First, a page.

Birds, quadrupeds, and reptiles were resting motionless after the fatigues of the day, and the silence of the desert brooded over the far-spreading Pampas.
Glenarvan, Robert, and Thalcave, had followed the common example, and lay in profound slumber on their soft couch of lucerne. The worn-out horses had stretched themselves full length on the ground, except Thaouka, who slept standing, true to his high blood, proud in repose as in action, and ready to start at his master's call. Absolute silence reigned within the inclosure, over which the dying embers of the fire shed a fitful light.
However, the Indian's sleep did not last long; for about ten o'clock he woke, sat up, and turned his ear toward the plain, listening intently, with half-closed eyes. An uneasy look began to depict itself on his usually impassive face. Had he caught scent of some party of Indian marauders, or of jaguars, water tigers, and other terrible animals that haunt the neighborhood of rivers? Apparently it was the latter, for he threw a rapid glance on the combustible materials heaped up in the inclosure, and the expression of anxiety on his countenance seemed to deepen. This was not surprising, as the whole pile of ALFAFARES would soon burn out and could only ward off the attacks of wild beasts for a brief interval.
There was nothing to be done in the circumstances but wait; and wait he did, in a half-recumbent posture, his head leaning on his hands, and his elbows on his knees, like a man roused suddenly from his night's sleep.
A whole hour passed, and anyone except Thalcave would have lain down again on his couch, reassured by the silence round him. But where a stranger would have suspected nothing, the sharpened senses of the Indian detected the approach of danger.
As he was thus watching and listening, Thaouka gave a low neigh, and stretched his nostrils toward the entrance of the RAMADA.
This startled the Patagonian, and made him rise to his feet at once.
"Thaouka scents an enemy," he said to himself, going toward the opening, to make careful survey of the plains.
Silence still prevailed, but not tranquillity; for Thalcave caught a glimpse of shadows moving noiselessly over the tufts of CURRA-MAMMEL. Here and there luminous spots appeared, dying out and rekindling constantly, in all directions, like fantastic lights dancing over the surface of an immense lagoon. An inexperienced eye might have mistaken them for fireflies, which shine at night in many parts of the Pampas; but Thalcave was not deceived; he knew the enemies he had to deal with, and lost no time in loading his carbine and taking up his post in front of the fence.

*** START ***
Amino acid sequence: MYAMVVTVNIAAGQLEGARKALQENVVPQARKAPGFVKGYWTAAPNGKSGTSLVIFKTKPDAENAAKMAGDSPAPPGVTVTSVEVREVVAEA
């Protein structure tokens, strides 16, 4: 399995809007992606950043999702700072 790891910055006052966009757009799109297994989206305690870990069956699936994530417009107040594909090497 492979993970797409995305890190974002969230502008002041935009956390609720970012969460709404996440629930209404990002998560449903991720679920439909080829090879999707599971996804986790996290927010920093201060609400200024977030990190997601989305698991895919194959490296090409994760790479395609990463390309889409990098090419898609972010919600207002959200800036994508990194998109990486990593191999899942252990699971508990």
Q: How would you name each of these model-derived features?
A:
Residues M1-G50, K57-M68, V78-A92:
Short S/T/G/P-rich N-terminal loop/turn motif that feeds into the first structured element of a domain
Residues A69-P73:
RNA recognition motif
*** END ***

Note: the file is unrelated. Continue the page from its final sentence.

He did not wait long, for a strange cry--a confused sound of barking and howling--broke over the Pampas, followed next instant by the report of the carbine, which made the uproar a hundred times worse.
Glenarvan and Robert woke in alarm, and started to their feet instantly.
"What is it?" exclaimed Robert.
"Is it the Indians?" asked Glenarvan.
"No," replied Thalcave, "the AGUARAS."
"AGUARAS?" said Robert, looking inquiringly at Glenarvan.
"Yes," replied Glenarvan, "the red wolves of the Pampas."
They seized their weapons at once, and stationed themselves beside the Patagonian, who pointed toward the plain from whence the yelling resounded.
Robert drew back involuntarily.
"You are not afraid of wolves, my boy?" said Glenarvan.
"No, my Lord," said the lad in a firm tone, "and moreover, beside you I am afraid of nothing."
"So much the better. These AGUARAS are not very formidable either; and if it were not for their number I should not give them a thought."
"Never mind; we are all well armed; let them come."
"We'll certainly give them a warm reception," rejoined Glenarvan.
His Lordship only spoke thus to reassure the child, for a secret terror filled him at the sight of this legion of bloodthirsty animals let loose on them at midnight.
There might possibly be some hundreds, and what could three men do, even armed to the teeth, against such a multitude?
As soon as Thalcave said the word AGUARA, Glenarvan knew that he meant the red wolf, for this is the name given to it by the Pampas Indians.